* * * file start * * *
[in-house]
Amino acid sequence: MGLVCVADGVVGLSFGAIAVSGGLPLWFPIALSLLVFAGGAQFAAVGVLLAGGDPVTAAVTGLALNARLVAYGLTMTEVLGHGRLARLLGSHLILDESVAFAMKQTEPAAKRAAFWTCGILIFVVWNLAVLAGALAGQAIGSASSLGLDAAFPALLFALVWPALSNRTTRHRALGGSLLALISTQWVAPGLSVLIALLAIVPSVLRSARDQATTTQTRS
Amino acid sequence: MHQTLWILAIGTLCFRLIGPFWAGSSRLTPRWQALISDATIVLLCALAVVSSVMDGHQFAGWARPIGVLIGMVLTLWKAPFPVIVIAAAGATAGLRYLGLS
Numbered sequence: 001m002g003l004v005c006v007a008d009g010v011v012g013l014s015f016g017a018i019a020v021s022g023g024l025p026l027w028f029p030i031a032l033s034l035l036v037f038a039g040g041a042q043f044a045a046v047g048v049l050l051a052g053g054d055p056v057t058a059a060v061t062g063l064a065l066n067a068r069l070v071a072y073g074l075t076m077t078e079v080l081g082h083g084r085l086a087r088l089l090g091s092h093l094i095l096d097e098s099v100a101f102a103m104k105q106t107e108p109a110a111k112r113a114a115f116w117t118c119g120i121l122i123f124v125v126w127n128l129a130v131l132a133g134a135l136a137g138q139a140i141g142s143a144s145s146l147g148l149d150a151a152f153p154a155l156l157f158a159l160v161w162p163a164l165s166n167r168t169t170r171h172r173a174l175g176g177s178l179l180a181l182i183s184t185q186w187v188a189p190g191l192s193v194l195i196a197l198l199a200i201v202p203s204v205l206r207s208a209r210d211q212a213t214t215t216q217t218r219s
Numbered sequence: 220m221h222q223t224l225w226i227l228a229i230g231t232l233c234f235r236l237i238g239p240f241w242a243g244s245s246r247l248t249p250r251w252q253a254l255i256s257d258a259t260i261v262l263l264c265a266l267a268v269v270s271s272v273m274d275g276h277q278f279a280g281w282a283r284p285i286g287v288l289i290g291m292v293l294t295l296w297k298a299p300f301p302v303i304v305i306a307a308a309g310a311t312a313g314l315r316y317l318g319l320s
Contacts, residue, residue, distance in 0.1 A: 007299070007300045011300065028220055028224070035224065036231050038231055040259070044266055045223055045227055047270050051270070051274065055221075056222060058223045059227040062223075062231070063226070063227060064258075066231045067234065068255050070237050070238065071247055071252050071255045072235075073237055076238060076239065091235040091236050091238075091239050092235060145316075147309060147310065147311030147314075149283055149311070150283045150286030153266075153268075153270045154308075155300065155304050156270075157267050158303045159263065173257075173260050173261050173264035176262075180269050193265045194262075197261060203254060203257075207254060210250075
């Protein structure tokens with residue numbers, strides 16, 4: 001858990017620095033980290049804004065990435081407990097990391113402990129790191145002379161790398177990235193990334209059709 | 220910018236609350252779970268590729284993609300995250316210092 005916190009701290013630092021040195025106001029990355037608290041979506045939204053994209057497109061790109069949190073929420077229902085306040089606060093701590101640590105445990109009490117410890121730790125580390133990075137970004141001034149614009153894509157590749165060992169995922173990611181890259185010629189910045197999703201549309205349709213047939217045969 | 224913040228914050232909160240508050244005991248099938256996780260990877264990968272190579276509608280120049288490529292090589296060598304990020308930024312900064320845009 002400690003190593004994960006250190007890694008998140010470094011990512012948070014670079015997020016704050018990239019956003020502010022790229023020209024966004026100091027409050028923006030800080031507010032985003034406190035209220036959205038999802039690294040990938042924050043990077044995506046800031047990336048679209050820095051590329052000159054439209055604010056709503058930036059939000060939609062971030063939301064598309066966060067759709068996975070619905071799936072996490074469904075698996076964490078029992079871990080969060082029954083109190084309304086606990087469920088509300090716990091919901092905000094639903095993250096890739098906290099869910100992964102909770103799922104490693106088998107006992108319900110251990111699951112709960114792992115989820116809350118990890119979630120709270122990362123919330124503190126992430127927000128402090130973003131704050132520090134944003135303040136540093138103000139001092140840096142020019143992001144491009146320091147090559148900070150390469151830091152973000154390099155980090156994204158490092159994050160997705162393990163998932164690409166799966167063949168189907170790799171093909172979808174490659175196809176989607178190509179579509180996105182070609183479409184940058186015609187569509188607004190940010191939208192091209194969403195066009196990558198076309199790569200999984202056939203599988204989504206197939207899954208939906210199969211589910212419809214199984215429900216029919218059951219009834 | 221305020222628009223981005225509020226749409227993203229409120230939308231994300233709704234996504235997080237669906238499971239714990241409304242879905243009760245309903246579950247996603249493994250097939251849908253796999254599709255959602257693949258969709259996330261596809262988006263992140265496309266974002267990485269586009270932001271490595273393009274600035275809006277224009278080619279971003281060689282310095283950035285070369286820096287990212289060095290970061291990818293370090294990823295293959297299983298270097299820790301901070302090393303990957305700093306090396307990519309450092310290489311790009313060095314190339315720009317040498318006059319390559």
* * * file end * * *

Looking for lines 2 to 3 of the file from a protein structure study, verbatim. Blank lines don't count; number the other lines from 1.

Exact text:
Amino acid sequence: MGLVCVADGVVGLSFGAIAVSGGLPLWFPIALSLLVFAGGAQFAAVGVLLAGGDPVTAAVTGLALNARLVAYGLTMTEVLGHGRLARLLGSHLILDESVAFAMKQTEPAAKRAAFWTCGILIFVVWNLAVLAGALAGQAIGSASSLGLDAAFPALLFALVWPALSNRTTRHRALGGSLLALISTQWVAPGLSVLIALLAIVPSVLRSARDQATTTQTRS
Amino acid sequence: MHQTLWILAIGTLCFRLIGPFWAGSSRLTPRWQALISDATIVLLCALAVVSSVMDGHQFAGWARPIGVLIGMVLTLWKAPFPVIVIAAAGATAGLRYLGLS